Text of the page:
• Abstract: The World Refugee Council (WRC) was created to build on the momentum generated by UN meetings in New York in September 2016, which saw the unanimous adoption of the New York Declaration for Refugees and Migrants, and to develop bold approaches to transform the current refugee system, focusing on the issues of accountability, responsibility sharing and governance, and finance. The WRC offers this interim report, and other discussion and research papers, to raise awareness of these issues and to stimulate ideas for reform that will transform lives.
  • Topic: International Organization, International Affairs
  • Political Geography: Global Focus
  • Author: Stephanie Maclellan, Christian Leuprecht
  • Publication Date: 04-2018
  • Content Type: Special Report
  • Institution: Centre for International Governance Innovation
  • Abstract: By virtue of the constitutional division of powers into federal and provincial jurisdictions, the governance of the provision of cyber security in Canada — and in comparable federal systems with constitutionally distinct levels of government, such as the United States and Australia — raises a host of policy-making challenges. This special report’s authors ponder the division of authority and responsibility — for cyber, in general, and cyber security, in particular — between public and private actors and different levels of government. Drawing on expertise and insights from business, law, policy and academia, they posit normative models of cyber security governance and gauge the advantages and disadvantages of different approaches. Their contributions illuminate some preliminary lessons for policy makers striving to improve governance outcomes across the cyber domain in Canada.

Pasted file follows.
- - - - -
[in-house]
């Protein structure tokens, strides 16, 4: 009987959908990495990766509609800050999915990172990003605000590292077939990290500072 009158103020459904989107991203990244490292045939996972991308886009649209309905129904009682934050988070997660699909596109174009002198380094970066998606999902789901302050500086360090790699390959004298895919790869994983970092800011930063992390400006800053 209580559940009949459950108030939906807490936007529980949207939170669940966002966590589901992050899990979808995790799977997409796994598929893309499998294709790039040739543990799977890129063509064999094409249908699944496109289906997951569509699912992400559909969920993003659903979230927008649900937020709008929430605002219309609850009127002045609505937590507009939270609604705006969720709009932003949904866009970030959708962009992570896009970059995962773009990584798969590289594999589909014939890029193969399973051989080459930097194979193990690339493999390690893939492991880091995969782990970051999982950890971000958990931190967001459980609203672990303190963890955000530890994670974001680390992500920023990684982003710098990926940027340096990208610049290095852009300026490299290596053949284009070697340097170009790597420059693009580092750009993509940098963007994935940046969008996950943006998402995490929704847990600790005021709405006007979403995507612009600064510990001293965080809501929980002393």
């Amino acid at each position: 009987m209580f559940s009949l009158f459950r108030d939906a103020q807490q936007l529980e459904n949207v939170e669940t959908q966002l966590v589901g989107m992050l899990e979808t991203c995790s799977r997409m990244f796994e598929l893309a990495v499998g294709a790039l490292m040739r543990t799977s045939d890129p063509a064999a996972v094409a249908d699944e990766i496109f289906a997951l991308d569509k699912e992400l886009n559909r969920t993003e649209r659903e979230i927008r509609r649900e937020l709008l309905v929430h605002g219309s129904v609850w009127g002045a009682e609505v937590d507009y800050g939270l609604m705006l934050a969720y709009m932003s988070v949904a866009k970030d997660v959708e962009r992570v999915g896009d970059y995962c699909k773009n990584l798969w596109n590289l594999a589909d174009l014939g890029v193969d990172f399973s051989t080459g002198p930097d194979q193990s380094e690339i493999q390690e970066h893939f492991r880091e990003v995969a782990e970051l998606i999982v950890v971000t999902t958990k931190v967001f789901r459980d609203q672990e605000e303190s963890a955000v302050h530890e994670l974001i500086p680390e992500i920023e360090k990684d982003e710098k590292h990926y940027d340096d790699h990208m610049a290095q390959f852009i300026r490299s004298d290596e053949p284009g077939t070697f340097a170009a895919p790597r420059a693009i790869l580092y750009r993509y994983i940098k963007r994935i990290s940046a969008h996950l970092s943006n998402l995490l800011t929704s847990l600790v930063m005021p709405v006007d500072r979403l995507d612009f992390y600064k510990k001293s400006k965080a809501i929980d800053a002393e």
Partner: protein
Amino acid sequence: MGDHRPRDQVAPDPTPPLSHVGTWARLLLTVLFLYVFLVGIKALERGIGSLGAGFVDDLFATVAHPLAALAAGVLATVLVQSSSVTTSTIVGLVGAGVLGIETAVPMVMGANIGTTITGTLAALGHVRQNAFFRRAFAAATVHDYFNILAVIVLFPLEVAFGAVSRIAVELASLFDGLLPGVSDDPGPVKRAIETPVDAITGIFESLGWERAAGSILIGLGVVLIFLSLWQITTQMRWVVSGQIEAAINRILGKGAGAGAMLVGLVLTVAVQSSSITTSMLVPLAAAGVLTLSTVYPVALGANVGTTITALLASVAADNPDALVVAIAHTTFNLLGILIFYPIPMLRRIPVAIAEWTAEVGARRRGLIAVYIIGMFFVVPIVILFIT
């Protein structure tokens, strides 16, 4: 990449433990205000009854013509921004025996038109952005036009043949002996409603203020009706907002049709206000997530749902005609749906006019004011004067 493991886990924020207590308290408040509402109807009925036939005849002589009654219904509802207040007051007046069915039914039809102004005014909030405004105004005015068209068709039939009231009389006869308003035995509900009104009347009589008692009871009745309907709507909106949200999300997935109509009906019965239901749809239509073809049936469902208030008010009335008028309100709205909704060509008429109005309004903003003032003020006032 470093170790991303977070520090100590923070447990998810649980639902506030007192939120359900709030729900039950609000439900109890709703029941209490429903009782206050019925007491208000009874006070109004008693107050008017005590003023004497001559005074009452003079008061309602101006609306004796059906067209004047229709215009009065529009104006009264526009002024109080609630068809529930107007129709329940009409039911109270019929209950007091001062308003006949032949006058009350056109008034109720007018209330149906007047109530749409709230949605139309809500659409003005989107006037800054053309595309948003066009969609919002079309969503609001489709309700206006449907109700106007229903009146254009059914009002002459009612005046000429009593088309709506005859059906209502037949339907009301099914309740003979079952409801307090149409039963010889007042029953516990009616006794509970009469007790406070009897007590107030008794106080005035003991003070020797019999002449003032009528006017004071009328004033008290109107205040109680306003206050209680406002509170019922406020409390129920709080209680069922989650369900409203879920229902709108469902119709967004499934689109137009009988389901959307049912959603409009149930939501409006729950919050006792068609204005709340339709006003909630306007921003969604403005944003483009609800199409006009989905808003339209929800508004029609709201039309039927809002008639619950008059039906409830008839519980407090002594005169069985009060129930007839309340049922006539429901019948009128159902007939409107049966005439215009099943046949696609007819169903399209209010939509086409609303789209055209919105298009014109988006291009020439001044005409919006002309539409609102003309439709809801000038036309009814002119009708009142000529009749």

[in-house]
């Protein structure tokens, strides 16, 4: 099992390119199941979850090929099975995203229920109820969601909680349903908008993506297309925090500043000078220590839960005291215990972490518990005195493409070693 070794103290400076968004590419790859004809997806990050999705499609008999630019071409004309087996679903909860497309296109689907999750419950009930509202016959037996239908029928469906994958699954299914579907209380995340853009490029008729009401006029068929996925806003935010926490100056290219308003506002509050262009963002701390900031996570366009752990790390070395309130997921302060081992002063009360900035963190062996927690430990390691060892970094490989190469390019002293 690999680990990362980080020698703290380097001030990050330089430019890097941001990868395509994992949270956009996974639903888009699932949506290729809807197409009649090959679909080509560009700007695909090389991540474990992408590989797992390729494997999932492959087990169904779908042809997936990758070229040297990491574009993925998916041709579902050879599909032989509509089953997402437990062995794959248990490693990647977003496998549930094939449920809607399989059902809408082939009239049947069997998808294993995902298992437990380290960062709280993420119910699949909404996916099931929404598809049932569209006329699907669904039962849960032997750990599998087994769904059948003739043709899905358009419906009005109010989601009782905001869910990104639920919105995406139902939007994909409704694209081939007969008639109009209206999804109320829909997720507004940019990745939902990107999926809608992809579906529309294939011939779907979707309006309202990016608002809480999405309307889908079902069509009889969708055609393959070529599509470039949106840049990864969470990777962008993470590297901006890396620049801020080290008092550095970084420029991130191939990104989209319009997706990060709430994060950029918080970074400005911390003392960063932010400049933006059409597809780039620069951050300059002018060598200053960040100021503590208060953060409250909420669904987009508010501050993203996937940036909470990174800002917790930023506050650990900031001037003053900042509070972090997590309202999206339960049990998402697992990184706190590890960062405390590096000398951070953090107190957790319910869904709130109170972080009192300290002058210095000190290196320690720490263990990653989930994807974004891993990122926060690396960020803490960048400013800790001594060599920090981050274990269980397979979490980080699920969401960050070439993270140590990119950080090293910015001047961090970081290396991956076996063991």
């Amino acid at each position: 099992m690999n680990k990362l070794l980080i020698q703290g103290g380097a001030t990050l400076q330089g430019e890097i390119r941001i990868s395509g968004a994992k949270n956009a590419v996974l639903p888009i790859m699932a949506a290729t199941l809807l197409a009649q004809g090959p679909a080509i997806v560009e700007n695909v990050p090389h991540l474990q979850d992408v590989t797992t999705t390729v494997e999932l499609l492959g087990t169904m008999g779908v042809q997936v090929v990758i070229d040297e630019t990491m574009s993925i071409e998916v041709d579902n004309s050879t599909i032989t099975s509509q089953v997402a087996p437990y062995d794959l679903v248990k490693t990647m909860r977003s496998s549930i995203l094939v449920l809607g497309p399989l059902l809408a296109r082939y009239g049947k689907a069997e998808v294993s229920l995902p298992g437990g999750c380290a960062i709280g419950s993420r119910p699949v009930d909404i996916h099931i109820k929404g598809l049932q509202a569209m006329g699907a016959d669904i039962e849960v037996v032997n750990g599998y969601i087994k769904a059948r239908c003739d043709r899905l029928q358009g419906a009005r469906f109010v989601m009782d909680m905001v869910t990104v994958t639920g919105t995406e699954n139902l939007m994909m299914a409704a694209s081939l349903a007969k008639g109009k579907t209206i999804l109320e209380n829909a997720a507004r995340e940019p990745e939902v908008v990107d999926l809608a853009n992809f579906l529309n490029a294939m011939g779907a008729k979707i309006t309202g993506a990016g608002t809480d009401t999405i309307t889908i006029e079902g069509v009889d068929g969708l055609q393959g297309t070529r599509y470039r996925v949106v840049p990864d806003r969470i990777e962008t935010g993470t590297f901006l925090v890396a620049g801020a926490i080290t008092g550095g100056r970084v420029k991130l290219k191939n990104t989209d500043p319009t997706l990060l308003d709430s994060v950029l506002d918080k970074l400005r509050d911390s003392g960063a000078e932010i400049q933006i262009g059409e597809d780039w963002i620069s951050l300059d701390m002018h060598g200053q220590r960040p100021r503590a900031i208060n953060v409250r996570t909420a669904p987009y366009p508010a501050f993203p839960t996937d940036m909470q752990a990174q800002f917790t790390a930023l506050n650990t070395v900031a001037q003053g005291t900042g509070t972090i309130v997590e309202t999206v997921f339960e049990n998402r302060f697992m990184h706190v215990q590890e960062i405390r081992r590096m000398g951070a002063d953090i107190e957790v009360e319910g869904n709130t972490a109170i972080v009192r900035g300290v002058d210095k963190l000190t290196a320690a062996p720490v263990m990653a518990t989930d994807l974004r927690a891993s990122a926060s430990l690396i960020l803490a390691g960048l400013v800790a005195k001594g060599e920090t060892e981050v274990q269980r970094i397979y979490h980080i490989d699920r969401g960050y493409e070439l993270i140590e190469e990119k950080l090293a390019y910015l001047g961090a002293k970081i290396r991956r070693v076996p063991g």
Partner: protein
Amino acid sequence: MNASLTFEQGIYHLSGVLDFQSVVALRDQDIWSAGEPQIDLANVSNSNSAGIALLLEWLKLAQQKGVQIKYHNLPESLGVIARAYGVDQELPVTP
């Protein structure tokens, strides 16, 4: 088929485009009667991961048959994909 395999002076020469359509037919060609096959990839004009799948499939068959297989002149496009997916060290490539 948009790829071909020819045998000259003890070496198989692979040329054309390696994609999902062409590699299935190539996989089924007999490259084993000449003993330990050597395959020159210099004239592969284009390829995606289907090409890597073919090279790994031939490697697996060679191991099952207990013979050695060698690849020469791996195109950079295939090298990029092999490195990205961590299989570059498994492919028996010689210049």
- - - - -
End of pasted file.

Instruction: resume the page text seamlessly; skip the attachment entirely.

• Topic: International Affairs
  • Political Geography: Global Focus
  • Author: Alexander Osipov, Hanna Vasilevich
  • Publication Date: 01-2017
  • Content Type: Working Paper
  • Institution: Centre for International Governance Innovation
  • Abstract: This text discusses the structure and content of diversity policy in the so-called Transnistrian Moldovan Republic (TMR), an unrecognized state that broke away from Moldova during the collapse of the Soviet Union. The case of Transnistria is particularly useful as an example for analyzing the origins, structure, contents and effects of the post-Soviet ethno-cultural policy in a comparative perspective. Moreover, the model of Transnistrian state- and nation-building, since it is not explicitly based on privileging a core ethnicity, differs from nearly all countries and de facto states of the post-communist space. The working paper describes the TMR normative framework pertinent to the management of ethnic and linguistic diversity and analyzes the patterns of its implementation. The authors analyze the reasons why ethnic diversity has never been a challenge to the Transnistrian statehood and its stability while different ethnicities and languages are treated differently. The Transnistrian phenomenon is also considered from the perspective of the effectiveness and efficiency of post-Soviet diversity policies.
  • Topic: International Relations, International Affairs
  • Political Geography: Soviet Union
  • Author: Susan Schadler
  • Publication Date: 10-2017
  • Content Type: Policy Brief
  • Institution: Centre for International Governance Innovation